A cafeteria plan is one that gives employees the option to pick from a variety of benefits. The cafeteria selection must include at least one taxable benefit, such as cash. It also has to offer benefits that aren't taxable, such as dependent-care insurance. If one of the benefits is health insurance, any money the insurer pays you may be taxable.
Being in a cafeteria plan doesn't determine by itself whether your settlement is taxable. What matters is whether the premiums are included in your income. If they are, your benefits aren't taxable. If the employer excludes the costs of premiums from your salary, 100 percent of the settlement may be taxable. If a percentage of the premiums counts as salary, the same percentage of benefits is tax-free when the insurer pays out.
The big exception to taxability is money that goes to pay off your medical bills. Insurance checks that simply pay off the cost of cancer treatment -- whether it's surgery, chemo or radiation -- aren't taxable. The only effect they have on your taxes is that if you deduct medical costs, you can't write off bills the insurer pays for. Otherwise, only money you get over and above your medical expenses is potentially taxable income.
Some cafeteria plans also allow your family to buy in and select benefits for themselves. If you have family members who don't have this option -- it doesn't extend to domestic partners or their children from past relationships, for instance -- they can still enjoy the benefits if you buy a family plan that covers them too. The same rules apply in deciding whether benefits are taxable. If they don't come out of your income, tax kicks in.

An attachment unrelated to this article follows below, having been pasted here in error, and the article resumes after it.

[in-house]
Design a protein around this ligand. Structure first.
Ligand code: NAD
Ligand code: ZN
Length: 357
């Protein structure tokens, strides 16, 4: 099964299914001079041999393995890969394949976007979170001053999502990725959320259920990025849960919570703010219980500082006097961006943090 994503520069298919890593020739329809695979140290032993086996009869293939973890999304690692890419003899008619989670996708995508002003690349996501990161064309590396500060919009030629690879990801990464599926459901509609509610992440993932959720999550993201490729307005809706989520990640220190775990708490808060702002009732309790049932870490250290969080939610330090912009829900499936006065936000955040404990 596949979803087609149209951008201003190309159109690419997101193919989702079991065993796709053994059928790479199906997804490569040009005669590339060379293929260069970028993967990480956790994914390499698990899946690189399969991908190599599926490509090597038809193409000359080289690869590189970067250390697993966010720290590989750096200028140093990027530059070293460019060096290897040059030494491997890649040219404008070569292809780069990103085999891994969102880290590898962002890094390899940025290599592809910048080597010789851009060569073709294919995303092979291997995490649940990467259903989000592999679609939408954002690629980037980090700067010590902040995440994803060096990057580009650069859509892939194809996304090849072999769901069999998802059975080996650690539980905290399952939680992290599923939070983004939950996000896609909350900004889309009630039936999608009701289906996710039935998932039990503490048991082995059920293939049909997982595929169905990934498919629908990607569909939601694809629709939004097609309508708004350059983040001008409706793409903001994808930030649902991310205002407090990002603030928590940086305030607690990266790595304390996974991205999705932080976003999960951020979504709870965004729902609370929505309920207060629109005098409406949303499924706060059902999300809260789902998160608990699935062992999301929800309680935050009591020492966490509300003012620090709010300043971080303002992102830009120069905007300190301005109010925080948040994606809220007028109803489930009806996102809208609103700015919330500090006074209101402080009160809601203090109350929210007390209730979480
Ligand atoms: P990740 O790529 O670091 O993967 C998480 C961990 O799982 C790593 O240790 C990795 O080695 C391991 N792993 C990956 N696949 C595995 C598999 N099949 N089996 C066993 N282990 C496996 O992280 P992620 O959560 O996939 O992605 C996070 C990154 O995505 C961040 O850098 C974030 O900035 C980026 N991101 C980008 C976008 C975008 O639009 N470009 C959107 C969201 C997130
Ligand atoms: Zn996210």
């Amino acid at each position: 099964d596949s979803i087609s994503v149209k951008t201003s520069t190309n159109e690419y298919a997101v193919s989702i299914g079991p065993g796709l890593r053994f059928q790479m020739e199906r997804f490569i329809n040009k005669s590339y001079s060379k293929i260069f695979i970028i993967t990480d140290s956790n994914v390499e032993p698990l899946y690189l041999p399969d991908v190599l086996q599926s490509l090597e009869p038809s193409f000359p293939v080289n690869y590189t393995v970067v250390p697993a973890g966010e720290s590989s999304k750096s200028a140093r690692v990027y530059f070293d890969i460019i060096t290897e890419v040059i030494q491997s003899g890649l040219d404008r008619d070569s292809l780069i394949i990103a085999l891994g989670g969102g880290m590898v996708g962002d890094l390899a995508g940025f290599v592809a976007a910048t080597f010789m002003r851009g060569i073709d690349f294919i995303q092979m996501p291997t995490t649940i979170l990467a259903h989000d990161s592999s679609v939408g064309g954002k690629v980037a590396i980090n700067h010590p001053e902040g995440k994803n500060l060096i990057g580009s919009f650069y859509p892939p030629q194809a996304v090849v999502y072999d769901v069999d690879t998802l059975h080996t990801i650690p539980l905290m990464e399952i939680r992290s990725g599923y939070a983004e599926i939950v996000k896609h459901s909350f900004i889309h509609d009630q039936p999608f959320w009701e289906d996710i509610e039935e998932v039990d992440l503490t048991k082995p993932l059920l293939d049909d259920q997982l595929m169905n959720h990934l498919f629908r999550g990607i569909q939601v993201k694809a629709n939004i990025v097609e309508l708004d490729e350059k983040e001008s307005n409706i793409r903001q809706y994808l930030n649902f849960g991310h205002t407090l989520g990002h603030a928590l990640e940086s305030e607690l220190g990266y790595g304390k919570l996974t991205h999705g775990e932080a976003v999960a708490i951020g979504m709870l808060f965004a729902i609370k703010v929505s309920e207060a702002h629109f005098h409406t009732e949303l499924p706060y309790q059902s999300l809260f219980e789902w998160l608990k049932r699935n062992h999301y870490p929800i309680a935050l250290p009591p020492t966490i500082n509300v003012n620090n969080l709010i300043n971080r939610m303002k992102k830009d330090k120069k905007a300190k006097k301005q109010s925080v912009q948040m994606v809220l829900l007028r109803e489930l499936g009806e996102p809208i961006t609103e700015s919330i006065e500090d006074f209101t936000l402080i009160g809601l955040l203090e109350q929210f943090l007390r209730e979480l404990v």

Report any taxable benefits on your Form 1040 as Other Income. You don't have to report any of your tax-free benefits, such as reimbursements for your medical bills. If you have any cancer costs that weren't reimbursed -- this is true for any medical bills -- you can report them as itemized deductions on Schedule A. You add up your total deductible medical expenses for the year and subtract 10 percent of your adjusted gross income. Whatever remains is the write-off.
A graduate of Oberlin College, Fraser Sherman began writing in 1981. Since then he's researched and written newspaper and magazine stories on city government, court cases, business, real estate and finance, the uses of new technologies and film history. Sherman has worked for more than a decade as a newspaper reporter, and his magazine articles have been published in "Newsweek," "Air & Space," "Backpacker" and "Boys' Life." Sherman is also the author of three film reference books, with a fourth currently under way.